Animals Feel Emotions
When selecting a photograph to decorate your home or office, you should consider this carefully. What message do you want the viewer to receive? Today, I am going to discuss emotion, specifically animal emotion, and how the animal emotion transposes to the viewer of your art décor photography. It’s a fascinating subject!
Do animals feel emotions?
I think there is no denying that the fur seal cub above is distressed, and its face reflects that feeling.
He was poised on this rock among thousands of sea lions. He was the one poor fella trapped in the remnants of a fishing net. Unfortunately, there was nothing that I could physically do for this fur seal pub. But it is my hope that spreading this photograph around the world will raise awareness. If you wish, you can also spread the word. Click here for a photo print.
There is much press about fishing nets and the sea turtle. Fur seals are also quite affected, as their natural food source is fish: the same fish that is caught up in the net.
In my private photo workshops, I spend time discussing how to capture the emotions of animals. The ability to capture emotion is what separates a rather bland wildlife photograph from one that will reach out and touch many viewers’ hearts.
I like to study the wildlife that I photograph. I believe that the more I understand them- the better my wildlife photography will be. One resource that I really like is called: onekindplanet.org. This resource is filled with interesting animal facts. While reading an article on their website- I learned a few interesting facts about animal emotion…
Joy, grief, anger, jealousy… Scientists increasingly believe that animals feel emotions just as humans do. Plus, emotions play a critical role within their lives.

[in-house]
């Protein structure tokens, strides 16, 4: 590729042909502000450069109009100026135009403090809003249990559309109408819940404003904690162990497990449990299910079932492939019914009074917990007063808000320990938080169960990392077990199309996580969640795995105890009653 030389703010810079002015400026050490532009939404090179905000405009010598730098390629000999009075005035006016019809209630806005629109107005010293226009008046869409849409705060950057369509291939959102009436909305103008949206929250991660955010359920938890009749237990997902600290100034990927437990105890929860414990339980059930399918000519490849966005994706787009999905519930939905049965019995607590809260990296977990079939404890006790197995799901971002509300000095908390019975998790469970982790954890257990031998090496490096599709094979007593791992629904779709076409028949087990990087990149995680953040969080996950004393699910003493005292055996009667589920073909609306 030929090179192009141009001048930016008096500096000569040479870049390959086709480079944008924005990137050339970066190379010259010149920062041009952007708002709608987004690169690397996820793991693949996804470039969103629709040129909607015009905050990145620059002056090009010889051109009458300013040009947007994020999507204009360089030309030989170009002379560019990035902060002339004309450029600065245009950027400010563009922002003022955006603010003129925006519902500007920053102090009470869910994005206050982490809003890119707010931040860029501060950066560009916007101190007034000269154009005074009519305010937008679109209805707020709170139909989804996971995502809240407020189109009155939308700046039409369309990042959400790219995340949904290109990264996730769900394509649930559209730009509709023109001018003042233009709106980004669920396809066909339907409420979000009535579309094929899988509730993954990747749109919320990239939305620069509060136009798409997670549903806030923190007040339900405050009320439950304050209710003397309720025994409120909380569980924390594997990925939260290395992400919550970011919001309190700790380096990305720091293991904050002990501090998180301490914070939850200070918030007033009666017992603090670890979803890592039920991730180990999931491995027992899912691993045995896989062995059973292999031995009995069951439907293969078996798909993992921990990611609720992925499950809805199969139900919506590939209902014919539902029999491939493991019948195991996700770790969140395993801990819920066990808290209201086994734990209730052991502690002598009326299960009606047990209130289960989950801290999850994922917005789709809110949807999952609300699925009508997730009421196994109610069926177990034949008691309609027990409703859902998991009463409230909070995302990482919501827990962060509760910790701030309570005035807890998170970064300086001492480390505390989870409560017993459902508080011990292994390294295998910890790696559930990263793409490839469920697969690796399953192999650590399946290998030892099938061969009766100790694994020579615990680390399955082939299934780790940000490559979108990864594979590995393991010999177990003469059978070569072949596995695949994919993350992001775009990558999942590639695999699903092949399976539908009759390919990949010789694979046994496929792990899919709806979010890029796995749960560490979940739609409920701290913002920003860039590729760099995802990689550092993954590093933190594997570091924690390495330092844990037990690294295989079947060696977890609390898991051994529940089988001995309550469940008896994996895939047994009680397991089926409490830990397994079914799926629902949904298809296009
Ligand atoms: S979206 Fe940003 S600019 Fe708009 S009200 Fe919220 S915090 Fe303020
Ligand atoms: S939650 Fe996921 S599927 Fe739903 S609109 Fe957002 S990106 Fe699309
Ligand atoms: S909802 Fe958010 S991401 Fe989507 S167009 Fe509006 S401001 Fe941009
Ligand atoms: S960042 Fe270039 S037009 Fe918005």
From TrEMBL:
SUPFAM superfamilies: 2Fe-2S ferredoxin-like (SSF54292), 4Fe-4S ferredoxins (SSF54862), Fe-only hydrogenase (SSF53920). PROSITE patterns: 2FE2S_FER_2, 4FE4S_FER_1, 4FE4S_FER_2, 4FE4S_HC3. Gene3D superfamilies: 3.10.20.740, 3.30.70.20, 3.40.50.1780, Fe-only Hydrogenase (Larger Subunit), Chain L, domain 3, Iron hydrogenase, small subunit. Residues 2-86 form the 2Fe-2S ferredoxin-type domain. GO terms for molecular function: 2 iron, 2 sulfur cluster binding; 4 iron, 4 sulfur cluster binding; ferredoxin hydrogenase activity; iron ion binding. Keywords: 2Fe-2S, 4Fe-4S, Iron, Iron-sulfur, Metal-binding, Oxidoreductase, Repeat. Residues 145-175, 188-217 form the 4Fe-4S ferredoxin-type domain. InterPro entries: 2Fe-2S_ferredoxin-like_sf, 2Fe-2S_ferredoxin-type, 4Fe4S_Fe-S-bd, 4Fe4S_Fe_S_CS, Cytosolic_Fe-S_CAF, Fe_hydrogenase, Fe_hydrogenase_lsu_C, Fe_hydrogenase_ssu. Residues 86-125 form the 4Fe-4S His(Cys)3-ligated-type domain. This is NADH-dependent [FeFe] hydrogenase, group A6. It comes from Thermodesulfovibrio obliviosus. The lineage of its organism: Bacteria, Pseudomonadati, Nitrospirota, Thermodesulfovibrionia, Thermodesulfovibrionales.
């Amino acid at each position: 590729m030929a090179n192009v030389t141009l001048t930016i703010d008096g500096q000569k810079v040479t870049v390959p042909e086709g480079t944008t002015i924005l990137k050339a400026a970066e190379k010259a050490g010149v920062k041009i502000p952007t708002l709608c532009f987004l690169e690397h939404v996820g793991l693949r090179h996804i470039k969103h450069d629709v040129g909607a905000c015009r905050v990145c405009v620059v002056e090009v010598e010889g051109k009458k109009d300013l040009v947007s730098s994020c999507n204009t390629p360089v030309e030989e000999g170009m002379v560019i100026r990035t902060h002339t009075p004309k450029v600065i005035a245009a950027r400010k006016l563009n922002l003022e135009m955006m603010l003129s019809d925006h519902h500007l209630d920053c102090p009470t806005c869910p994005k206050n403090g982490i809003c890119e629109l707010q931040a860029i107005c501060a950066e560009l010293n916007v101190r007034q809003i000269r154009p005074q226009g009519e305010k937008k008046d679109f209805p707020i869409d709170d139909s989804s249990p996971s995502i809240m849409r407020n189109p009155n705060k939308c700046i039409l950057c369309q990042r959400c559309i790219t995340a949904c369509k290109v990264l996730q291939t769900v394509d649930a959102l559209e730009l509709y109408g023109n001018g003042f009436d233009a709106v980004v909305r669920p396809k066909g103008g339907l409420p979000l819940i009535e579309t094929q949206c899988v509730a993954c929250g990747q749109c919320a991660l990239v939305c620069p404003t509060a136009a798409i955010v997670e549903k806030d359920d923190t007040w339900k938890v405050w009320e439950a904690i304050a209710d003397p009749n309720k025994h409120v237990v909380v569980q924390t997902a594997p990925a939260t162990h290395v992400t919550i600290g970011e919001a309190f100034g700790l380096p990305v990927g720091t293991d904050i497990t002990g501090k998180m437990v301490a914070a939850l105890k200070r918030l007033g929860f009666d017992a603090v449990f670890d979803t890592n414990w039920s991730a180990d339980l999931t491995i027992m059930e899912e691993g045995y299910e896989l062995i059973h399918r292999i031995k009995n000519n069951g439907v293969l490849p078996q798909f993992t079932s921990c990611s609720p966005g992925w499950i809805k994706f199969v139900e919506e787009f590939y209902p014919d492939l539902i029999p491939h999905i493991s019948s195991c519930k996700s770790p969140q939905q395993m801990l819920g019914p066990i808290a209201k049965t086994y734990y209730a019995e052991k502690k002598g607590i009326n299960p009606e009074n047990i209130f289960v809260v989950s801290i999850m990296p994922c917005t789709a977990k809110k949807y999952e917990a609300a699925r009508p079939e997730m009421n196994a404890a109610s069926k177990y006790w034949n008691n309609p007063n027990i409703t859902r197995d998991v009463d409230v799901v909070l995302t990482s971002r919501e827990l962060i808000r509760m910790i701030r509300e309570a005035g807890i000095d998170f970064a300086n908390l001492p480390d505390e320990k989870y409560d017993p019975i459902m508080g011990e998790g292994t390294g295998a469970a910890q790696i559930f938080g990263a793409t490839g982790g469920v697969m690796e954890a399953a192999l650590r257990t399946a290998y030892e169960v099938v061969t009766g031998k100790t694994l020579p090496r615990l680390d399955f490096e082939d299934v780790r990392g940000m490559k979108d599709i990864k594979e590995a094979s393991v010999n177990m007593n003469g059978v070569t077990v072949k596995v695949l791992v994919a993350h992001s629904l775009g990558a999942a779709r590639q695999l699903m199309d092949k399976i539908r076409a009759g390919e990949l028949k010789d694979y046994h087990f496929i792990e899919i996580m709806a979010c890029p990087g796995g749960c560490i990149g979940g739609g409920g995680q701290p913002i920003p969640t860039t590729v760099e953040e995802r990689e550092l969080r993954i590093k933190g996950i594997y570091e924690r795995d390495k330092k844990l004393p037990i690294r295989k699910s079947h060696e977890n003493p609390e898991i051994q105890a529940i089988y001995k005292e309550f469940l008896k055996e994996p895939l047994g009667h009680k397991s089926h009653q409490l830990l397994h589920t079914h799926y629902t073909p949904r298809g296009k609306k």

An emotional reaction differs from a sensation. Whereas a sensation may cause an animal to turn and run in the other direction when it feels the heat of fire. An emotional reaction would likely occur if a male lion approached one of the female lions in another male’s pride. Yes! That could be quite emotional. A fight most likely will happen!
Fact #3 (and a most interesting one)
Emotions, in animals, was first described by Charles Darwin in 1872. He described emotions as stereotyped facial expressions and bodily postures within specific contexts. He also explored the expression of emotions not only by humans, but also by cats, dogs, horses and other animals. He observed similarities between human and non-human animal expressions in line with his theory of continuity between species. It goes without saying that his conclusions were quite controversial.
I am of the view that most assuredly animals can and do experience emotions. I have witnessed it too many times to doubt this. Plus, animals have a very high social order. Social order is a system of structure, inter-relationships, values, and practices, which maintain patterns of behavior. Human examples of social order include government, marriage, customs, sports, and entertainment. Wildlife forms groups with a social order.
There is always a lead goose in the V flying formation. Some wildlife mates for life, and will mourn the loss of their partner. Animals play together! See the similarity? As a wildlife photographer, it is important to you to learn how to capture the emotion of your animal subjects. When you are successful… the emotional energy is transferred to the viewers of your wildlife photography. This makes them want to buy your photographs and hang them on the walls of their offices or homes. It gives them feeling, which they enjoy, or perhaps they want to influence the emotional context of someone else? A dentist or doctor may wish to hang a series of playful or calm wildlife photographs in their offices, because it puts the patients at ease!
How do you learn to anticipate and capture emotion in wildlife?
First of all you must study their species. Learn their habits. Taking a workshop with someone such as myself is a fantastic way to speed up that process. However, you must know that this learning is a lifelong activity. That’s a huge part of what makes it so fun and interesting! There is always something to learn.
The second key factors to capturing emotion in wildlife photography are developing your sense of anticipation and timing. You learn the behaviors. Then, you must be patient and observant. If you know your subject, and you have developed your ability to “see” (a.k.a. anticipation and timing), you will capture amazing emotional photography out there in the wild. I’d like to personally invite you to take a virtual walk through my gallery. Perhaps, you will be touched by emotion. I hope so. If you would like to learn more about wildlife photography- please reach out to me here.